Well, when I went to UC Irvine, I was trained as a minimalist, and I had some pretty good professors. We kept examining the essence of sculpture — how it was different from two-dimensional work. One of the things that I noticed is that it forces the viewer to move: In order to see a piece of sculpture, you have to walk around it. I thought, “Well, it’s really about body movement. It’s about physical activity.” I did a whole series of works in graduate school where I made apparatuses that you had to use — using them was the art. The apparatus was not the art; it was a tool to make you do the art.
But they were finely crafted out of stainless steel and aluminum, so people would see these apparatuses and think that they were the art. When I had to do my MFA show in the student art gallery, I was going to build a box and get into it, but then I saw these lockers off to the side and thought, “That’s the solution! Use a pre-existing box that is clearly not the art.” That was another kind of eureka moment: “I can just do something and it can be art. I don’t have to make something.”
You said a few moments ago that your father was interested in “the real world.” It strikes me that your performances were about testing yourself against reality.
Yes, and in that sense they weren’t theatrical. They weren’t about multiple performances. There’s only a first time. You’re only a virgin once!
Marina Abramovic did a show at the Guggenheim where she restaged performances, and she asked me for permission to restage the piece on the Volkswagen. I told her, “If you’re asking me, I’m going to say ‘no,’ but actually you don’t need my permission. You can go and do it.” And that became a big issue for her, the fact that I had denied her permission.
I think that performance is still very problematic for institutions, because how do you collect it? You can collect the documentation or the residues, but you can’t own a time-based event.
How do you feel about clips of your work showing up on YouTube?
Weird. I don’t know what to do about it. There was a fake MySpace page, too: A guy was impersonating me, and we actually shut him down. At first it seems flattering, but then you think, “What if he starts saying all kinds of weird things about me, and somebody reads them and thinks they’re true?”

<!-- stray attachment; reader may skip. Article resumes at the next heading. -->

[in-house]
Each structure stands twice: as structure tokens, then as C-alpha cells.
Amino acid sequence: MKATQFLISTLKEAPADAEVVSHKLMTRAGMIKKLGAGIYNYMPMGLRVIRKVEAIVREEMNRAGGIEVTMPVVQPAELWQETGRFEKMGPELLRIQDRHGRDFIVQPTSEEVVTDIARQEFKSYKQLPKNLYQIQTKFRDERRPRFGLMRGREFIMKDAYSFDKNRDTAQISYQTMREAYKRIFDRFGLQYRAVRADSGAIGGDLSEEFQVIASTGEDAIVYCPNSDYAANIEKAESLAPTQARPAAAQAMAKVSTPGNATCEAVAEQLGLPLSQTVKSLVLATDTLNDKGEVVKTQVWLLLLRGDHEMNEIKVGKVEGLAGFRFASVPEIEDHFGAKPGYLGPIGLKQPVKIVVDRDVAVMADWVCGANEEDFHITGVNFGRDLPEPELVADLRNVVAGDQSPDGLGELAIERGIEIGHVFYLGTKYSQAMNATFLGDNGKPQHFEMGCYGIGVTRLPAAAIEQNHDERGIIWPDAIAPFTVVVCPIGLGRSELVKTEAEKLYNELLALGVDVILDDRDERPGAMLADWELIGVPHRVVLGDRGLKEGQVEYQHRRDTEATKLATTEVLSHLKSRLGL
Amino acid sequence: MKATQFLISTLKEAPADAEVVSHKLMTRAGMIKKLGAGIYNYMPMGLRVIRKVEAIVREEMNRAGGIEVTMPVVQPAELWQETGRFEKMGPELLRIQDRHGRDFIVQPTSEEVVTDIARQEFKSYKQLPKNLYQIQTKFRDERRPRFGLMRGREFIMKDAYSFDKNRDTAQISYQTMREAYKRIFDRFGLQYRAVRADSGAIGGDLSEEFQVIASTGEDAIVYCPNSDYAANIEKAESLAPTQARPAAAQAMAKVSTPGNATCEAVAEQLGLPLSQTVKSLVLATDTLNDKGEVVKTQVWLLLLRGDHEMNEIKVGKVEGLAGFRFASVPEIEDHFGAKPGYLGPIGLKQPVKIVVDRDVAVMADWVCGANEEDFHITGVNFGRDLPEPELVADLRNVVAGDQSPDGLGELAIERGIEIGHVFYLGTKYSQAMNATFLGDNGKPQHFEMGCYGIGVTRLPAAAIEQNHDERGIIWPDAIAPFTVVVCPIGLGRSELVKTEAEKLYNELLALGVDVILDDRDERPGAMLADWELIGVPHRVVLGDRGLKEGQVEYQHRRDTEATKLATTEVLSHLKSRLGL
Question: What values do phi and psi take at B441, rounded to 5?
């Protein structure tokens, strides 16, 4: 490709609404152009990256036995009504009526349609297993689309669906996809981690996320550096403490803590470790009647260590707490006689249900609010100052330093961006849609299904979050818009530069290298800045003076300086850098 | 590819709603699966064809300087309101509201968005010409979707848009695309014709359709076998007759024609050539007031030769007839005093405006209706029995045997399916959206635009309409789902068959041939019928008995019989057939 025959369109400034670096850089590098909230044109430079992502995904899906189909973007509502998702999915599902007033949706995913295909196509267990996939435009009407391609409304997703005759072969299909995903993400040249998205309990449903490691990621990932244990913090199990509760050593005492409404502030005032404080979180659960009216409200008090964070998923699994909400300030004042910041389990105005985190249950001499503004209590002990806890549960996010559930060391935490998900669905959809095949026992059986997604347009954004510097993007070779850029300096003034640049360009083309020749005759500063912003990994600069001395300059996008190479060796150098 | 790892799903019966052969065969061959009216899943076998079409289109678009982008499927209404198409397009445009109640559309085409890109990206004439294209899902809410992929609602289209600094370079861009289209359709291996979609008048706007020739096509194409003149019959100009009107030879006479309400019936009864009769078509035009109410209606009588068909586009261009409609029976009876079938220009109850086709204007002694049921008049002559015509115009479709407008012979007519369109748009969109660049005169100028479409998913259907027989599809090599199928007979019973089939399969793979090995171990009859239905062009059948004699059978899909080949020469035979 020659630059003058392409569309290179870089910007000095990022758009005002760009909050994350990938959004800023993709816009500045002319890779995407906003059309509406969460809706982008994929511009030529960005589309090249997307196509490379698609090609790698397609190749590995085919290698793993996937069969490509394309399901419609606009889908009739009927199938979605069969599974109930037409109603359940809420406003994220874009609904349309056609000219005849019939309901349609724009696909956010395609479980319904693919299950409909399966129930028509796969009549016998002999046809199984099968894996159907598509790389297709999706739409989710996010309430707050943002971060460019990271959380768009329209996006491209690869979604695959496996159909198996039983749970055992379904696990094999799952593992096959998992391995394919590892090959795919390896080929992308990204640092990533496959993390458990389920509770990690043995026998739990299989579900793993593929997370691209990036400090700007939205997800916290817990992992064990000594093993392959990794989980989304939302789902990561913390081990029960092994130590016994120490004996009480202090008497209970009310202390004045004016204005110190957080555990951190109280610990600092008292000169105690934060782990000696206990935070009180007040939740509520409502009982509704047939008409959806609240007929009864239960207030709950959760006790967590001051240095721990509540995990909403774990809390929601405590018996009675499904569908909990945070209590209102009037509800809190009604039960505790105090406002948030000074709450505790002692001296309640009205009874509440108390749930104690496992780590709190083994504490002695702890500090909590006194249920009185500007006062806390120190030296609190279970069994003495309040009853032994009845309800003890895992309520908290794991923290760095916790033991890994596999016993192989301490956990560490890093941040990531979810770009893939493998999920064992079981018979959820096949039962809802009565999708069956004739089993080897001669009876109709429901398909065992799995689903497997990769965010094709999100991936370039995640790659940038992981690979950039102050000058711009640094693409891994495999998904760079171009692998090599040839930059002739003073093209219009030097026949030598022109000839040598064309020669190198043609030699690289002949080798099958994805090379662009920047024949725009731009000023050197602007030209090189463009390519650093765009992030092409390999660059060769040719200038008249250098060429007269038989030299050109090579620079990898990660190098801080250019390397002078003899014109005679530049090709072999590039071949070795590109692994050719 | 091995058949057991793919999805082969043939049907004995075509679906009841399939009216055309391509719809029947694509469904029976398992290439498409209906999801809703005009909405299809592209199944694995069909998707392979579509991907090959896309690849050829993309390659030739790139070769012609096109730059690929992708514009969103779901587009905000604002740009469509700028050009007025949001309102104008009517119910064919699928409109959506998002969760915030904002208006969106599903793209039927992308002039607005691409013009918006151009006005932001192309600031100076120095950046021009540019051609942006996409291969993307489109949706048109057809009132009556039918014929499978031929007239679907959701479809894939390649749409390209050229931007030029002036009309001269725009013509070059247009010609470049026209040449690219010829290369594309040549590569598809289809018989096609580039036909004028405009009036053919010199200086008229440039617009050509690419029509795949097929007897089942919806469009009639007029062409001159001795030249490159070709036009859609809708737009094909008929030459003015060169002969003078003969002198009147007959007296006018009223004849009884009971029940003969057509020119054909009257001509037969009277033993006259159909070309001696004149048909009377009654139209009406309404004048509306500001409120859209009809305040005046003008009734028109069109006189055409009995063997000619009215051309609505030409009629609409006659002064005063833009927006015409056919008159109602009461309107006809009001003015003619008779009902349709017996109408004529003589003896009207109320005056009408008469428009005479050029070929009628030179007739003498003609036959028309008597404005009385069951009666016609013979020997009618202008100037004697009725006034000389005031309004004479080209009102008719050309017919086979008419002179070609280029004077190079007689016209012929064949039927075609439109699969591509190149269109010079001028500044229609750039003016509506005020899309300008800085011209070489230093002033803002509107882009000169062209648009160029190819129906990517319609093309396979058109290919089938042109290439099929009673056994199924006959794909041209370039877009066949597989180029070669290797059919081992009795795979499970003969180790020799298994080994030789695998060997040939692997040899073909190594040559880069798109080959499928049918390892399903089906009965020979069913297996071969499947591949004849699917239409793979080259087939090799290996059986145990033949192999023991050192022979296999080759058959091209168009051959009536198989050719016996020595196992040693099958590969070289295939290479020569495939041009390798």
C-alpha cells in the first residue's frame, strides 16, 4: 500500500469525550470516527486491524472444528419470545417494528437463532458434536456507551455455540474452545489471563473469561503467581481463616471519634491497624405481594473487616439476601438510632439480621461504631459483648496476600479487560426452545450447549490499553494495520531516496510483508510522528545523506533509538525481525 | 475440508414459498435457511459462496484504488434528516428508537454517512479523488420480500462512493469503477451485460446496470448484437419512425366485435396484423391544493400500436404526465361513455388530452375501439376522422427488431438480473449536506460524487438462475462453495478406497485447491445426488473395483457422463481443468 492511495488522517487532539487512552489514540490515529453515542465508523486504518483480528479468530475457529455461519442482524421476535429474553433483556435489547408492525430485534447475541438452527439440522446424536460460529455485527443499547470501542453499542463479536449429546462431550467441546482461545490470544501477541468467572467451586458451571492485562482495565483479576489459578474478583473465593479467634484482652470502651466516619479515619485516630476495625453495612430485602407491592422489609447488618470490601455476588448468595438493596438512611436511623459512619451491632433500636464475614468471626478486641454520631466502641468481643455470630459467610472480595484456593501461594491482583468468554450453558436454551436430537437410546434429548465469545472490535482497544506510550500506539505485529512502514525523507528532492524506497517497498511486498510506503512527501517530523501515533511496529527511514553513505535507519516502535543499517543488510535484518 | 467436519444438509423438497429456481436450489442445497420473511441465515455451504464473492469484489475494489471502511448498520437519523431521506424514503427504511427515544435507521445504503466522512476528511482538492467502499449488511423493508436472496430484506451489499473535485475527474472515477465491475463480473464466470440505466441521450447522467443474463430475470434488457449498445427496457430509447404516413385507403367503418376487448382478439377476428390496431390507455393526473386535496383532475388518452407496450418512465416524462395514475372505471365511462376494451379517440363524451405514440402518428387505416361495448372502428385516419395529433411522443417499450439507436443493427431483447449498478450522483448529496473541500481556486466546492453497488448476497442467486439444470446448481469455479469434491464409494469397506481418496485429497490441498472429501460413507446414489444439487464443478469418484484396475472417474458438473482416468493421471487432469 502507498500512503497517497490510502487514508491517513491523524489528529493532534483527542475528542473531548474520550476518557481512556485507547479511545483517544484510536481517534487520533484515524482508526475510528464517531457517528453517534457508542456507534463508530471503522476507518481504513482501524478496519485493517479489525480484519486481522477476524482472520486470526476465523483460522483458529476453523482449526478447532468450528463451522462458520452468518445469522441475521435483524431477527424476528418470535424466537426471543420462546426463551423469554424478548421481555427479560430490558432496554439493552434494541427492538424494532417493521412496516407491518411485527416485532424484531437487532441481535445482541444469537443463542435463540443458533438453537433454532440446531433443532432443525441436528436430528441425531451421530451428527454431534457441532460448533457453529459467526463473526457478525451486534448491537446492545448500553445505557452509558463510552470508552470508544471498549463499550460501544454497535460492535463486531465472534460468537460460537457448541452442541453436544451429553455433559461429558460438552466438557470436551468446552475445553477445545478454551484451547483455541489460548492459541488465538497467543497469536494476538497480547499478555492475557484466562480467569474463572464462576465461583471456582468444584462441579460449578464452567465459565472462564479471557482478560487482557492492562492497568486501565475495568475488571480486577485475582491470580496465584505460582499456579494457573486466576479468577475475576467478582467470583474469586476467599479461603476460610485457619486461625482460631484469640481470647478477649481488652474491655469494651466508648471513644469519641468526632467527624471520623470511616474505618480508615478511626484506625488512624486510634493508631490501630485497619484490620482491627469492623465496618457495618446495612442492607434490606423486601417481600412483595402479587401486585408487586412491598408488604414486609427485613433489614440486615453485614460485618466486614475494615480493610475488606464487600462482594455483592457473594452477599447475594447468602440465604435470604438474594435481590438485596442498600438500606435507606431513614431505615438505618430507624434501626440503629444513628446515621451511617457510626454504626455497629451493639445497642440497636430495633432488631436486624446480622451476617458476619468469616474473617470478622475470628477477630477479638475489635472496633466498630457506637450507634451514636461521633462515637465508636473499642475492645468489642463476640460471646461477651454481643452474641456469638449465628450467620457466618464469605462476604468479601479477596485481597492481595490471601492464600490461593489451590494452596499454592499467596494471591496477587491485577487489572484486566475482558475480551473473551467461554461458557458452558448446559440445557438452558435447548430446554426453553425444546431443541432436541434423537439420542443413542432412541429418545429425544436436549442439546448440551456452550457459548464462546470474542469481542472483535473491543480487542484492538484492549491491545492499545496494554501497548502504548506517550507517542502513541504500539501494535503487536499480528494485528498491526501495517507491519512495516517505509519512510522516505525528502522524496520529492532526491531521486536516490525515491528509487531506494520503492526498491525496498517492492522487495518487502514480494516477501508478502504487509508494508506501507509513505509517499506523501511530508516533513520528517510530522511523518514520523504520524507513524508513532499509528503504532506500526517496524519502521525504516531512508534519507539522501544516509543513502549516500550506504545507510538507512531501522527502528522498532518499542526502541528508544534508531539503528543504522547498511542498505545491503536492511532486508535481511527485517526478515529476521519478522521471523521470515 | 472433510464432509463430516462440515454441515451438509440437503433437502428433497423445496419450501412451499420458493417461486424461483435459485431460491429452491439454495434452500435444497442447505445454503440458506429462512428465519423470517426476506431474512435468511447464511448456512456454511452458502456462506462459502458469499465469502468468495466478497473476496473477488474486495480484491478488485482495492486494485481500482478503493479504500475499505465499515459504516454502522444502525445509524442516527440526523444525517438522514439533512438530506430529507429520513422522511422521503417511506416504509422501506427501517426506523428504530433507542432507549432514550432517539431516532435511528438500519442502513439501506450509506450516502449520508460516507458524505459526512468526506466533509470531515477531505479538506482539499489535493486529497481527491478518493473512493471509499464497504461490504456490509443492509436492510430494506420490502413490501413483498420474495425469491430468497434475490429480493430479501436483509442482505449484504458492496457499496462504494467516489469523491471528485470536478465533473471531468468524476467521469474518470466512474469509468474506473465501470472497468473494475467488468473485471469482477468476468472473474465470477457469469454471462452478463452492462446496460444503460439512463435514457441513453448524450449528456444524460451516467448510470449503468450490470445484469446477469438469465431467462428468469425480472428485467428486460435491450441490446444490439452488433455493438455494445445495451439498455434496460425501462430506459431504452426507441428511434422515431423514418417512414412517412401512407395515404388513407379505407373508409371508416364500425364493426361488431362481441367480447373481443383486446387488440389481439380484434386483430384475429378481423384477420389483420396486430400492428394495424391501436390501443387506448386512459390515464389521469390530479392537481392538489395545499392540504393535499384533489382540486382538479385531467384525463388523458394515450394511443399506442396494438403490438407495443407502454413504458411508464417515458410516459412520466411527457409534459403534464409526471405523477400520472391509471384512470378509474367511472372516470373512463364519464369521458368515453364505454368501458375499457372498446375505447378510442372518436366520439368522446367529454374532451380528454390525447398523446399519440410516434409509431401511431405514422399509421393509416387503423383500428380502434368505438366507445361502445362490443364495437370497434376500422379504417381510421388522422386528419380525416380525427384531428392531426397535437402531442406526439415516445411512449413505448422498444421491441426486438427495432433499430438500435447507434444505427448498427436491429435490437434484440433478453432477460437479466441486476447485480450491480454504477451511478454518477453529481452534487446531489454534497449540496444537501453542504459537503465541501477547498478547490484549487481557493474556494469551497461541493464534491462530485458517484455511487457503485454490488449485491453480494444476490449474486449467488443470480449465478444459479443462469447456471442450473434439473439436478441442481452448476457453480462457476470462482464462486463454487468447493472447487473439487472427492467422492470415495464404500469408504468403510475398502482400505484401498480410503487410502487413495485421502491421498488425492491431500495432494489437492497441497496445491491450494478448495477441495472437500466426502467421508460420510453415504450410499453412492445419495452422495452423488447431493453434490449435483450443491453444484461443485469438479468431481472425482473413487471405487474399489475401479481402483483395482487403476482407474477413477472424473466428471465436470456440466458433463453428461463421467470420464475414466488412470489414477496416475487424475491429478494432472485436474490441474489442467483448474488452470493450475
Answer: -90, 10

This takes us on to the whole question of the morality of art, which I know is very important to you. I’m thinking of the position you took over that student with the gun.
Yes, that was shocking, actually. Not what he did — students do all kinds of crazy things, that’s in the nature of being young. It was mostly the reaction of my colleagues at the university as a whole. They blamed me for it, despite the fact that I was in Amsterdam at the time.
What did you think of the student’s behavior?
There are very clear rules about decorum and etiquette in the university setting: You’re not allowed to swear, there are all kinds of things you can’t say. In an undergraduate class I always used to tell students, “You can’t do a performance where you lay on the railroad tracks, because you have a responsibility beyond yourself, because you’re part of the school. I just can’t allow you to do something that will cause the art department to ban this kind of teaching.”
At the graduate level, I only met this man a couple of times, and I thought he was manipulative. He said, “I want to do something edgy, edgy, edgy.” I think there’s this need for fame that’s overwhelming. But you can’t bring guns on campus, you can’t threaten suicide, you can’t threaten others. In my mind, it was a no-brainer. I’m not saying, “Arrest him!” He just can’t be part of our club. He broke the rules.
A lot of people found your position difficult to understand because you’d made Shoot all those years ago.
I was not a student when I did that performance. In fact there was a Duchamp festival at the university, and I actually considered doing the Shoot performance as part of it. But even in 1971 I realized, if you’re on campus, then breaking the rules will be the issue, and that’s not what it’s about. I have no problem with what he did, it’s just that he did it in the context of the university. If he wants to go and walk around downtown and do Russian roulette art, then either he blows his brains out or his friends call the police.
And that was the end of teaching for you?
Absolutely. My wife and I resigned on the spot when they refused to discipline the student. I can’t be associated with an institution that is so misguided.
When you were a student and you made Five Day Locker Piece, you famously commented that you wanted to be taken seriously as an artist. What’s your ambition now?
To live a long time so that I can fulfill my ideas. I have more ideas than I have life left.